Friday, April 01, 2011

Little Orphan Annie strip 1985

I'm a big fan of Harold Gray's Little Orphan Annie, especially the strips produced during the '20s and '30s.  Annie was quite the character in them there days.  She was tough, bold and somewhat belligerent.  She had to be.  She often lived on her own or on the streets, mostly during the Depression.  She had a tremendous work ethic, though, and managed to take care of herself, as well as help others.  Smart, independent, resourceful, a real survivor.  She charmed her way into the good graces of strangers -- but also made a lot of enemies.  She stood up to bullies and gave them a black eye or a bleeding nose.  And she always managed to out-smart thieves and murderers and creeps; occasionally "Daddy" would come to the rescue and beat their faces in.  It was a brutal world, but worth living in for the sweeter moments.

Annie (the character and the strip) reflected a lot of Gray's conservative politics, and it's hard to imagine that a strip so dependent on the creator's philosophy was able to continue after his death in 1968, except that kids liked Annie and probably didn't notice -- or care -- that Gray was dead, as long as the strip lived on.  It just barely survived until that consummate professional, Leonard Starr, came along in 1979.

Here is a complete Annie story, which ran from September 22, 1985 to January 11, 1986.  This swell yarn was written and drawn by Starr.  It's an eerie mystery, as well as a heart-breaker.  I really liked it, so I collected the strips myself, but for some reason it looks like I clipped them from the newspaper using a pair of garden shears.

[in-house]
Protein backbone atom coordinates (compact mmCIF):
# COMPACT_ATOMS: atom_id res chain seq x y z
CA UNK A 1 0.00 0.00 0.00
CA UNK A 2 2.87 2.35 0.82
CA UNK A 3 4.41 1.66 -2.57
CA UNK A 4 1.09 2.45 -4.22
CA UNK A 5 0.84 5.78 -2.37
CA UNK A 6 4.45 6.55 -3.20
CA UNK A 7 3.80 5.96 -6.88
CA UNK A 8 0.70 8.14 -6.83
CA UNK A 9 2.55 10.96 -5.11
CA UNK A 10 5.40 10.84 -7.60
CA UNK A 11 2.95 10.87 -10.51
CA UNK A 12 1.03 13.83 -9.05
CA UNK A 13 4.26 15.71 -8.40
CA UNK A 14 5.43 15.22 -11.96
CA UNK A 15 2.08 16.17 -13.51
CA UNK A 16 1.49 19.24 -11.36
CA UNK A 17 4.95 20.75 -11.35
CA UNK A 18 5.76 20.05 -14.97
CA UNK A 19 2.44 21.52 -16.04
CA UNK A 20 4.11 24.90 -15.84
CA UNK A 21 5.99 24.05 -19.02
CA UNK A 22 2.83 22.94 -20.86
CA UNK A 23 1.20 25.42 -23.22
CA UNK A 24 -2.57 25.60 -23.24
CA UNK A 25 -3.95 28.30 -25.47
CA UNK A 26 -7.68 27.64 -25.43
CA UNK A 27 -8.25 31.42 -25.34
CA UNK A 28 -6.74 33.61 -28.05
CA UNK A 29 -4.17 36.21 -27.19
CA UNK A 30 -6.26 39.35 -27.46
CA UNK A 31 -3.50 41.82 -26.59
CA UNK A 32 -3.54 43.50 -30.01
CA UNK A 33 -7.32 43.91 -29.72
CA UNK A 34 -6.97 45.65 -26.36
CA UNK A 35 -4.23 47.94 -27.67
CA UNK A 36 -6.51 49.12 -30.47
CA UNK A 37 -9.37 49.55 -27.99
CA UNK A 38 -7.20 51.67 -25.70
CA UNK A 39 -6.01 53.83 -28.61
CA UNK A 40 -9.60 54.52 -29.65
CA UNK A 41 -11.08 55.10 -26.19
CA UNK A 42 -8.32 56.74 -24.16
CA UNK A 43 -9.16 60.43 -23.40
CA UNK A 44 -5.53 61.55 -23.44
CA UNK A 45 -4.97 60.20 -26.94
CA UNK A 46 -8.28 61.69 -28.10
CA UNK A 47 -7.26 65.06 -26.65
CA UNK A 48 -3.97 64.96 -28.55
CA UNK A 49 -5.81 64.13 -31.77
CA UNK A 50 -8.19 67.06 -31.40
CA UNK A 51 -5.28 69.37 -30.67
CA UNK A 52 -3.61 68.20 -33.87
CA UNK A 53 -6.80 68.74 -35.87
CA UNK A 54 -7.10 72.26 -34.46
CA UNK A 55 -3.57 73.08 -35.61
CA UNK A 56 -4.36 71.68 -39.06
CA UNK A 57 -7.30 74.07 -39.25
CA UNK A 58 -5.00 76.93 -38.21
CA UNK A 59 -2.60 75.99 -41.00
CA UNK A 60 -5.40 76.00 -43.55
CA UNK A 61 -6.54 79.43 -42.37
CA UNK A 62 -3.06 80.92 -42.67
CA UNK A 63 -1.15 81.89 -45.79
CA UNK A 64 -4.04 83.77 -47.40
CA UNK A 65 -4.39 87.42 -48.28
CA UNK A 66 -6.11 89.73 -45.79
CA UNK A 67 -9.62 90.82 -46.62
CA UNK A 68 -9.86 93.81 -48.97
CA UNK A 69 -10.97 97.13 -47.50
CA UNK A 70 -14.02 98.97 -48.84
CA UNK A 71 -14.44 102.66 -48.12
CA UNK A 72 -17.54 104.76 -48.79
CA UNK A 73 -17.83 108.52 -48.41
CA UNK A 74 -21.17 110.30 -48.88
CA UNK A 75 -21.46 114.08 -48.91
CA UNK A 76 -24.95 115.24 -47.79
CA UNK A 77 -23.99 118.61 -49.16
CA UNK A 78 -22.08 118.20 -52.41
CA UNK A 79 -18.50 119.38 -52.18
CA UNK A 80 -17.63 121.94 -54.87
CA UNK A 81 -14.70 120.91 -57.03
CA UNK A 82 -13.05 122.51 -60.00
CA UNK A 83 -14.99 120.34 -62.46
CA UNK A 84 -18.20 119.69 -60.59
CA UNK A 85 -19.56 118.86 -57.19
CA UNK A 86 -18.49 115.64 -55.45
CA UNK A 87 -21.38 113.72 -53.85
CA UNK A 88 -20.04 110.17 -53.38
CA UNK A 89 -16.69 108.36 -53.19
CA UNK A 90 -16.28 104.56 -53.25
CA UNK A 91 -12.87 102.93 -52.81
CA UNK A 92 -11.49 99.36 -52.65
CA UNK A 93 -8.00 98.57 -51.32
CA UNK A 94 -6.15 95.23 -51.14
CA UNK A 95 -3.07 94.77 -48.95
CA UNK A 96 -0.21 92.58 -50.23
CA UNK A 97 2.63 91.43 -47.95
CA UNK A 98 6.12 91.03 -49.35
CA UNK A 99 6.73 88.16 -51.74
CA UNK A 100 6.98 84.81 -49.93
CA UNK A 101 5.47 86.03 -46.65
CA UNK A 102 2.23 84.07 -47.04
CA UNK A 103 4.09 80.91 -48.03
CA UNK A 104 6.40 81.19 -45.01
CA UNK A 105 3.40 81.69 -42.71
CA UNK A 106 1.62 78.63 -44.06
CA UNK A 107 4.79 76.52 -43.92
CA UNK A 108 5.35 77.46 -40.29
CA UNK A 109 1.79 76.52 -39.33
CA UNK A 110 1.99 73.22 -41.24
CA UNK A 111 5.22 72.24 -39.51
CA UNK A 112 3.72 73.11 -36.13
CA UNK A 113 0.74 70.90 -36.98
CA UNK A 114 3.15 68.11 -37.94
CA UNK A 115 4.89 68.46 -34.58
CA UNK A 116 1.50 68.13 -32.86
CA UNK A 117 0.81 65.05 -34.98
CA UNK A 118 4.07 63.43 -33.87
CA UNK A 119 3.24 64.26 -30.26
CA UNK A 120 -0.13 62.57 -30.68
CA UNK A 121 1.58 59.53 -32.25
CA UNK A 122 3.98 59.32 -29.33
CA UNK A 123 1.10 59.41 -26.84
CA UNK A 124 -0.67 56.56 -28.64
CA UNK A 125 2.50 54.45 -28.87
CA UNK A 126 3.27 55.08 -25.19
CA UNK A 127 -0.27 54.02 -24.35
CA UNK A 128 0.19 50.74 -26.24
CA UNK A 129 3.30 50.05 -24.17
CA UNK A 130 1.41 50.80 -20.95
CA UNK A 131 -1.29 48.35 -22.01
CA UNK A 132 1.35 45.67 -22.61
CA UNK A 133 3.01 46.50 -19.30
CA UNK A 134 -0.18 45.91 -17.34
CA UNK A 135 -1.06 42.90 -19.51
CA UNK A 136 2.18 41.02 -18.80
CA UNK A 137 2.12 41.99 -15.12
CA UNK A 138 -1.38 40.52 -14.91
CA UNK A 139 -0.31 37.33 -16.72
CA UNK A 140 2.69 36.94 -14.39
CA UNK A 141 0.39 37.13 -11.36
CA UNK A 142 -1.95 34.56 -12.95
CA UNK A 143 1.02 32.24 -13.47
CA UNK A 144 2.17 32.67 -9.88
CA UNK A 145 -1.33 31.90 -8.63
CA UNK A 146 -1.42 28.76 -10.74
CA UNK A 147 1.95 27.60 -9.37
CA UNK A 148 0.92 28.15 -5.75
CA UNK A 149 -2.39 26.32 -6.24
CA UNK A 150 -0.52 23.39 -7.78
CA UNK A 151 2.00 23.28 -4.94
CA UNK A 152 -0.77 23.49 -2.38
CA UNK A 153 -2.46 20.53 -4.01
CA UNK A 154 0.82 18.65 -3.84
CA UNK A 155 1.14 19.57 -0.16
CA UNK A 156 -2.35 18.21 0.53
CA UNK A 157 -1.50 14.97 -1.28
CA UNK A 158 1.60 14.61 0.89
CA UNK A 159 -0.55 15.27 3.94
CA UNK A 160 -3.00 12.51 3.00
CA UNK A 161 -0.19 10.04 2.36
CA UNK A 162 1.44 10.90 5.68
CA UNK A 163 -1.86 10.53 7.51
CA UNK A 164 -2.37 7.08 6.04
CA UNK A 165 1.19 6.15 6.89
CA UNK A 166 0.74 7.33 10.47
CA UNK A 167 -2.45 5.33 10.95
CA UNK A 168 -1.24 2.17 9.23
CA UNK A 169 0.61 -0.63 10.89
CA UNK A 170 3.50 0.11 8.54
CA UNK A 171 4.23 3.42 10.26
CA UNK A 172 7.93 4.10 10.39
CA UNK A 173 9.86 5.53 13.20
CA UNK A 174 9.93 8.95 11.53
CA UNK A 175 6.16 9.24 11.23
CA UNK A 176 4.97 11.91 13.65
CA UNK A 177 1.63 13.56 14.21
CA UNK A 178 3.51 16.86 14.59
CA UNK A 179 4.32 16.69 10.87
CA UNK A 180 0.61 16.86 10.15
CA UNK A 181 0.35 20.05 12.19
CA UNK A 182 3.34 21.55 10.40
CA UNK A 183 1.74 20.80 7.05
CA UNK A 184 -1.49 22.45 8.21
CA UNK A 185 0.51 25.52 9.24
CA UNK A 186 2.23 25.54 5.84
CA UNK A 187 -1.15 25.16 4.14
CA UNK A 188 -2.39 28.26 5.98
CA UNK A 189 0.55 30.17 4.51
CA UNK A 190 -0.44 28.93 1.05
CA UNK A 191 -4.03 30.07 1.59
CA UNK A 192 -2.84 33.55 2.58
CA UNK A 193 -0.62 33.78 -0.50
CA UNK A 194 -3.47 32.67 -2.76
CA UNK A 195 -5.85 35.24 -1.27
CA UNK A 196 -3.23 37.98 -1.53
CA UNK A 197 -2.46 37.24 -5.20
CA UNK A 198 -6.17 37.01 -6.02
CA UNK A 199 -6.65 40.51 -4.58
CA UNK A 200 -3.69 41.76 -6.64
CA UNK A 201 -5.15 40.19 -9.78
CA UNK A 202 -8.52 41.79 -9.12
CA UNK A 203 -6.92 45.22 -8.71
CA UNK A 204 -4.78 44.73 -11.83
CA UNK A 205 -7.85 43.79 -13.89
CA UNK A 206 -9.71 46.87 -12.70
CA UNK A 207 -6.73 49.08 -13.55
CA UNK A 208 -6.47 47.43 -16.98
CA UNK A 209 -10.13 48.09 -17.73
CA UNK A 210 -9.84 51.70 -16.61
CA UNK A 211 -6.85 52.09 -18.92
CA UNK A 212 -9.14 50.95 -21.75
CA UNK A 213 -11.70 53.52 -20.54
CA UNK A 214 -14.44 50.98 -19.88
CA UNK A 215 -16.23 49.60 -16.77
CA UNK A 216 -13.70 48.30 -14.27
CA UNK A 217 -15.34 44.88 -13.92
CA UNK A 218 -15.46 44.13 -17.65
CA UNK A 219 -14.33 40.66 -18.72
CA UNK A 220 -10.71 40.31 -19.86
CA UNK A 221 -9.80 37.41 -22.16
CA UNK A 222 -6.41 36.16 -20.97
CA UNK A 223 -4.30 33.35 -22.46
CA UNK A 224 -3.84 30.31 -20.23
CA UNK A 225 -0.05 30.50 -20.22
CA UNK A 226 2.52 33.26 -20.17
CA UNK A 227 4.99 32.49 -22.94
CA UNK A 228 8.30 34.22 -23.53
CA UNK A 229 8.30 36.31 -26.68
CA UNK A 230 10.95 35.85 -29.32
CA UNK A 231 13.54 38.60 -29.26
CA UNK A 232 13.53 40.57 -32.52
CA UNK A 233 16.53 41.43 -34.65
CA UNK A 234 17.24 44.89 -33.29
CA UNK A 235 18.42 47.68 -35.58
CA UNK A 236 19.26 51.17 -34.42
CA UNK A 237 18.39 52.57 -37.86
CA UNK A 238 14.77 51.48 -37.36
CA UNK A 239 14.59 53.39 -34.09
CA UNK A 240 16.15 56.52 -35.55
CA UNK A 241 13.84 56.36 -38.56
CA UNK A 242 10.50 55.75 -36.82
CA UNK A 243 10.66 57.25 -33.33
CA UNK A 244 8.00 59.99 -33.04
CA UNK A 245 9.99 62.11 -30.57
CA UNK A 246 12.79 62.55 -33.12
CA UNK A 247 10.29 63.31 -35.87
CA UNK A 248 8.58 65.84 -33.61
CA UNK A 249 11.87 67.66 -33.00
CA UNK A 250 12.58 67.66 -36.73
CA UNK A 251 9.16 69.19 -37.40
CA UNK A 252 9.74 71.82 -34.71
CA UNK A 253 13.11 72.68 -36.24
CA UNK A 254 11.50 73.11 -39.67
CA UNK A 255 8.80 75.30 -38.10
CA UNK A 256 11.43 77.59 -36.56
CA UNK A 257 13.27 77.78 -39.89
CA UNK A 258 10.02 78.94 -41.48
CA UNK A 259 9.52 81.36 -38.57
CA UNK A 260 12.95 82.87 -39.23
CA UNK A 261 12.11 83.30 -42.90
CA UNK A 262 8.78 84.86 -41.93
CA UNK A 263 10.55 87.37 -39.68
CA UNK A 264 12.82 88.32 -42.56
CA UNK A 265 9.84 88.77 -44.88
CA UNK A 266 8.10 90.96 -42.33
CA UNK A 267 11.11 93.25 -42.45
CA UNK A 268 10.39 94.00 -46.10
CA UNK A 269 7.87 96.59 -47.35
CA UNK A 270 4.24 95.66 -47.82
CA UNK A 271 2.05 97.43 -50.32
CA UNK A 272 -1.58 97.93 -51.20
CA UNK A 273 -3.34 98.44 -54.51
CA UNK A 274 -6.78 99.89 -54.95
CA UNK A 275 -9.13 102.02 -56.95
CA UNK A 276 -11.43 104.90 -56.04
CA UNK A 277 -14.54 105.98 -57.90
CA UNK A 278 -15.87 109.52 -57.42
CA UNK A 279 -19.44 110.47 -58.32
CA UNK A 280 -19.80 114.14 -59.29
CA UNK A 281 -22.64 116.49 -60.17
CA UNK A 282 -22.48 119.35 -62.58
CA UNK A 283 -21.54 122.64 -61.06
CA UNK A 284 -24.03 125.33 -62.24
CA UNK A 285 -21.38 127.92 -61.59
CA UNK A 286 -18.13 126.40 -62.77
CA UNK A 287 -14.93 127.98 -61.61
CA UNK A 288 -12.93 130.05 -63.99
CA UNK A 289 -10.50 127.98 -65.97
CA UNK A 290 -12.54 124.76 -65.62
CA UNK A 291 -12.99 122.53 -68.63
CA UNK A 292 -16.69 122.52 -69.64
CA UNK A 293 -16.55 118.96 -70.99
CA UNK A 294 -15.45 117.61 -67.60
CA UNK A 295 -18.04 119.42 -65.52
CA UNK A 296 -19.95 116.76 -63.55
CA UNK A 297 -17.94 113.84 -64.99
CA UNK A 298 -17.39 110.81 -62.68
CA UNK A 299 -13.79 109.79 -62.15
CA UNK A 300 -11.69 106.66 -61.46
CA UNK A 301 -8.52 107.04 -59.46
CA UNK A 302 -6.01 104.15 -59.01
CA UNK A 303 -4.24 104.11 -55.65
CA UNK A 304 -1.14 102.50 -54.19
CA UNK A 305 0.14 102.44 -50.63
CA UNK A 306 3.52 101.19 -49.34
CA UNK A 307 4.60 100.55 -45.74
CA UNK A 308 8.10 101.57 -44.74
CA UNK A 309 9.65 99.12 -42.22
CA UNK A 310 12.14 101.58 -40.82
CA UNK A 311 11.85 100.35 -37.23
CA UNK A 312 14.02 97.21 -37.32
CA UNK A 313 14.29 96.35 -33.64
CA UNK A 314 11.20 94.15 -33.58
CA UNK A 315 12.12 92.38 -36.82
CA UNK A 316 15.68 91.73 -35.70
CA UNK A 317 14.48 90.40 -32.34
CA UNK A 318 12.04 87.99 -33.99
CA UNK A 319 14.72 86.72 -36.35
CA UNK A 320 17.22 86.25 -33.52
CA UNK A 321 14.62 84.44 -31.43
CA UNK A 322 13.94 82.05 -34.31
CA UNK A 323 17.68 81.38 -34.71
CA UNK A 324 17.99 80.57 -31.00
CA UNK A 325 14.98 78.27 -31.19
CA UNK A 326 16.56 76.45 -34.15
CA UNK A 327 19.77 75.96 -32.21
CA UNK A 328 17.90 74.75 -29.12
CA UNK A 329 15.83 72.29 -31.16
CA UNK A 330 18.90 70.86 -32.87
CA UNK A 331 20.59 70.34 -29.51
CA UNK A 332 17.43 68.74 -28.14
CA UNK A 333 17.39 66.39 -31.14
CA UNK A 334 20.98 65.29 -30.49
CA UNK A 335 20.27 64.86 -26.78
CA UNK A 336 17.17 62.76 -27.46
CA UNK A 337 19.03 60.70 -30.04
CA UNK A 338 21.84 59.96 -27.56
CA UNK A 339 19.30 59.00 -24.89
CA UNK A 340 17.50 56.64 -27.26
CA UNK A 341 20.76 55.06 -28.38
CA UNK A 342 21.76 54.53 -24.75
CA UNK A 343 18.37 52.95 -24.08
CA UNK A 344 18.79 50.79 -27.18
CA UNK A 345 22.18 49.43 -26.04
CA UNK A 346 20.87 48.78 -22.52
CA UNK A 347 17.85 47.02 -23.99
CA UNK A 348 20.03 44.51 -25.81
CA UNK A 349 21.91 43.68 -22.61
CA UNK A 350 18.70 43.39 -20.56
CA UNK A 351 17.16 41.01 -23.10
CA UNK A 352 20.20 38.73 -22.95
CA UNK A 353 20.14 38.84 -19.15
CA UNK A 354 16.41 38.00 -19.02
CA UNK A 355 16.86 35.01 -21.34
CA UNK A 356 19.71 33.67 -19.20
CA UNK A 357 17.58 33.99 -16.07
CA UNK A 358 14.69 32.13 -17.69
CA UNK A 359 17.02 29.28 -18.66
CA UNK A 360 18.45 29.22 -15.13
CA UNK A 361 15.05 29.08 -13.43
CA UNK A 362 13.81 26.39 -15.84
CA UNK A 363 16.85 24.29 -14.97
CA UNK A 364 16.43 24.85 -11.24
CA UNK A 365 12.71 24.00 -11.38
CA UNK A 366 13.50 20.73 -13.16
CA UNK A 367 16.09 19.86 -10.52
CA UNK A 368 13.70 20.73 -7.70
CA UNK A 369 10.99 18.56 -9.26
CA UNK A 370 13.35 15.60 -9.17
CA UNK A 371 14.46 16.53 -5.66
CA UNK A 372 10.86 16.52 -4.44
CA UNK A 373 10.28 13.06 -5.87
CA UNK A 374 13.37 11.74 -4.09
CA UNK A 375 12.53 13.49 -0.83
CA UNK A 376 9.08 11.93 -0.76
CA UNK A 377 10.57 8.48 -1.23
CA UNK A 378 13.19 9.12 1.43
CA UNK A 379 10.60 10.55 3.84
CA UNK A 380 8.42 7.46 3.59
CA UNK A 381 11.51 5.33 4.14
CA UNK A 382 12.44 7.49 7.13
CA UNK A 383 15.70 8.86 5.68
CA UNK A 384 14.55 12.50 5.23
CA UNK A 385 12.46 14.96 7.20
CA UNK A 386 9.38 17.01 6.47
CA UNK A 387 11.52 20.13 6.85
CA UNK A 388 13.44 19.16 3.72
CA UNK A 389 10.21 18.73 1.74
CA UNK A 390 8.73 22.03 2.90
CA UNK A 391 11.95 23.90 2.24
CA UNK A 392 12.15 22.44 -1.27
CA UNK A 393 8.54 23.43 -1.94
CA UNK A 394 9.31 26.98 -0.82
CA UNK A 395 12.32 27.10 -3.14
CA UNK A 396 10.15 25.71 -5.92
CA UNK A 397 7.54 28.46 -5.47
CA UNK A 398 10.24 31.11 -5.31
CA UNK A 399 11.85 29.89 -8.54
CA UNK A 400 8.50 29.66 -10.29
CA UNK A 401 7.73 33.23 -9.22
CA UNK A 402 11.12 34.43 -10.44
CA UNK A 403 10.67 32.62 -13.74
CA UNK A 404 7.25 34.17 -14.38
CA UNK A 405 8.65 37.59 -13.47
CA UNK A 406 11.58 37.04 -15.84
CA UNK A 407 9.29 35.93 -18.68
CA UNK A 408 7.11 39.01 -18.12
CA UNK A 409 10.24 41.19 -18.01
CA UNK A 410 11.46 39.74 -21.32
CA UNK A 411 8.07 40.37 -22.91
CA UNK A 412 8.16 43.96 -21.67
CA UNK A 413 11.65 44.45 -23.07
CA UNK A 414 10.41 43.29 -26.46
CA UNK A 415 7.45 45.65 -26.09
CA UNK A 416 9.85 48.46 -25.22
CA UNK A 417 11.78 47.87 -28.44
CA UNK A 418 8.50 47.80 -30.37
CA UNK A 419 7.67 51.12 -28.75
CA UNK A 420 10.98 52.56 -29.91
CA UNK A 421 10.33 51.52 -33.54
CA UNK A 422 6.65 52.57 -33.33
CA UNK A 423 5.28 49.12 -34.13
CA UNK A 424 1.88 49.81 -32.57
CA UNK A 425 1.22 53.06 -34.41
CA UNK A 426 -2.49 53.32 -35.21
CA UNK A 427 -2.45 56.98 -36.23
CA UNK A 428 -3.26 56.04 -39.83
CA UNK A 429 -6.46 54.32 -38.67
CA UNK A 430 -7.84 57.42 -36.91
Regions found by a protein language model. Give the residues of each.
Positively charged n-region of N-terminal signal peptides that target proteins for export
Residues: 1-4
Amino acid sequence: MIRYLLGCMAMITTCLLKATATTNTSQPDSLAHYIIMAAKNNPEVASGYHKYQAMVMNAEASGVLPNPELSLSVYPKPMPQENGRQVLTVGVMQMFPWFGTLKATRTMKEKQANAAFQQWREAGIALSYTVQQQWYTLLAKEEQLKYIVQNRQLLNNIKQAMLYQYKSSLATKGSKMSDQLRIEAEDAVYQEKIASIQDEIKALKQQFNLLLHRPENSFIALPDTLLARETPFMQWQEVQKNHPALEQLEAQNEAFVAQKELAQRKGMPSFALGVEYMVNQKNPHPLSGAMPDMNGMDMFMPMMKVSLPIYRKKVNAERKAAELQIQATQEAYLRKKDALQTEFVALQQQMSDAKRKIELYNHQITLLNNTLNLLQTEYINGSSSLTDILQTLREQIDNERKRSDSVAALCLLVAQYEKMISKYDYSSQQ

Unfortunately, the print was terrible back then, so I did my best to make the images legible.  Minor caveat: the December 31 daily is missing, but it makes no difference in the scheme of things.  A new storyline begins in the last panel of the January 5, 1986 Sunday comic, with a sort of anti-climax to the preceding story continuing for the rest of the week, which I included.

The scans are nice and big for those of you whose eyes are shot.

Sunday 9/22/1985
9/23 - 9/25/1985
9/26 - 9/28/1985
Sunday 9/29/1985
9/30 - 10/2/1985
10/3 -10/5/1985
Sunday 10/6/1985
10/7 -10/9/1985
10/10 -10/12/1985
Sunday 10/13/1985
10/14 - 10/16/1985
10/17 -10/19/1985
Sunday 10/20/1985
10/21 -10/23/1985
10/24 - 10/26/1985
Sunday 10/27/1985
10/28 - 10/30/1985
10/31 - 11/2/1985
Sunday 11/3/1985
11/4 - 11/6/1985
11/7 - 11/9/1985
Sunday 11/10/1985
11/11 - 11/13/1985
11/14 - 11/16/1985
Sunday 11/17/1985
11/18 - 11/20/1985
11/21 - 11/23/1985
Sunday 11/24/1985
11/25 - 11/27/1985
11/28 - 11/30/1985
Sunday 12/1/1985
12/2 - 12/4/1985
12/5/ - 12/7/1985
Sunday 12/8/1985
12/9 - 12/11/1985
12/12 - 12/14/1985
Sunday 12/15/1985
12/16 - 12/18/1985
12/19 - 12/21/1985
Sunday 12/22/1985
12/23 - 12/25/1985
12/26 - 12/28/1985
Sunday 12/29/1985
12/30/1985 and 1/1/1986 (12/31/1985 is missing)

1/2 -1/4/1986
Sunday 1/5/1986
1/6 - 1/8/1986
1/9 - 1/11/1986

For more Little Orphan Annie on this blog, see Little Orphan Annie: Merchandise, and Little Orphan Annie: Big Little Books.


Mesterius said...

Thanks for this great Leonard Starr story, I love his version of Annie! If you have any more Annie stories by him in your collection, I'd love to see them. :) It's a shame so little of his work on this strip has been collected in book form anywhere.

Richard Beland said...

I'm glad you enjoyed it. Unfortunately, I never bothered to collect any of Starr's other ANNIE stories.

Kip W said...

I remember being impressed with Starr's work on this strip. I knew of him, vaguely, from his longtime work on "On Stage," but only realized how good he was when he became the first artist after Grey whose work on Annie wasn't vaguely embarrassing. It was, in fact, head and shoulders above the usual 'continuation' of a famous strip, and fully worth reading. He was right in the tradition of the original, with solid draftsmanship that went well beyond trying to pick up some of the surface of another artist's style.

Thanks so much! Not only for preserving these, but for presenting them here.

Richard Beland said...

You're welcome.

It was a lot of work clipping these Annie dailies and Sundays from newspapers, preserving them for 30 years, scanning, cropping, resizing and enhancing them, then uploading them to this blog one by one and typing out the dates -- but it's all worth it if even one person who hasn't read this story before is thrilled and entertained by it.